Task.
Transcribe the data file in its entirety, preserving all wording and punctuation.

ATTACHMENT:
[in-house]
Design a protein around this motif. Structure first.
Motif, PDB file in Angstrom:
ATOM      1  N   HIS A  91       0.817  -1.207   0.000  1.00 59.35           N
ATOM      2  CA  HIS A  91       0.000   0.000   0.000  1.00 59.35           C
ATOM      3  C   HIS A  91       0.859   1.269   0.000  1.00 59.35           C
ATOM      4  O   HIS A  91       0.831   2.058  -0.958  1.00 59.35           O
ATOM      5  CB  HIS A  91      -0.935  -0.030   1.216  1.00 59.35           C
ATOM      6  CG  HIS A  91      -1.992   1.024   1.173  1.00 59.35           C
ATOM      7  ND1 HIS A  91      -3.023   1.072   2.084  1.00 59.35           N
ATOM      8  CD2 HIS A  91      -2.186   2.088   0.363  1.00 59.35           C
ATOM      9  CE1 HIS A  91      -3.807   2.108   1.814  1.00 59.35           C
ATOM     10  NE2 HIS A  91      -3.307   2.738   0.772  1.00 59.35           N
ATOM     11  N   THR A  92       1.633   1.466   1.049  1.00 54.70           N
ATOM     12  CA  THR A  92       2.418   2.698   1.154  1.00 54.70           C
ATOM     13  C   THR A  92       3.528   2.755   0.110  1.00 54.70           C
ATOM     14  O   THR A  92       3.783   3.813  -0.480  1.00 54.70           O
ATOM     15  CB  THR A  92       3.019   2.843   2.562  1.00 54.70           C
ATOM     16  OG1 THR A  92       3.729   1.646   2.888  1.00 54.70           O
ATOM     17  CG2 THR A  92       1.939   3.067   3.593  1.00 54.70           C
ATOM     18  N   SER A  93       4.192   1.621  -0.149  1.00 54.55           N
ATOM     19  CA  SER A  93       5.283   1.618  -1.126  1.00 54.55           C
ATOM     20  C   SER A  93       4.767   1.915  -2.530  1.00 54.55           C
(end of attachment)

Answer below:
[in-house]
Design a protein around this motif. Structure first.
Motif, PDB file in Angstrom:
ATOM      1  N   HIS A  91       0.817  -1.207   0.000  1.00 59.35           N
ATOM      2  CA  HIS A  91       0.000   0.000   0.000  1.00 59.35           C
ATOM      3  C   HIS A  91       0.859   1.269   0.000  1.00 59.35           C
ATOM      4  O   HIS A  91       0.831   2.058  -0.958  1.00 59.35           O
ATOM      5  CB  HIS A  91      -0.935  -0.030   1.216  1.00 59.35           C
ATOM      6  CG  HIS A  91      -1.992   1.024   1.173  1.00 59.35           C
ATOM      7  ND1 HIS A  91      -3.023   1.072   2.084  1.00 59.35           N
ATOM      8  CD2 HIS A  91      -2.186   2.088   0.363  1.00 59.35           C
ATOM      9  CE1 HIS A  91      -3.807   2.108   1.814  1.00 59.35           C
ATOM     10  NE2 HIS A  91      -3.307   2.738   0.772  1.00 59.35           N
ATOM     11  N   THR A  92       1.633   1.466   1.049  1.00 54.70           N
ATOM     12  CA  THR A  92       2.418   2.698   1.154  1.00 54.70           C
ATOM     13  C   THR A  92       3.528   2.755   0.110  1.00 54.70           C
ATOM     14  O   THR A  92       3.783   3.813  -0.480  1.00 54.70           O
ATOM     15  CB  THR A  92       3.019   2.843   2.562  1.00 54.70           C
ATOM     16  OG1 THR A  92       3.729   1.646   2.888  1.00 54.70           O
ATOM     17  CG2 THR A  92       1.939   3.067   3.593  1.00 54.70           C
ATOM     18  N   SER A  93       4.192   1.621  -0.149  1.00 54.55           N
ATOM     19  CA  SER A  93       5.283   1.618  -1.126  1.00 54.55           C
ATOM     20  C   SER A  93       4.767   1.915  -2.530  1.00 54.55           C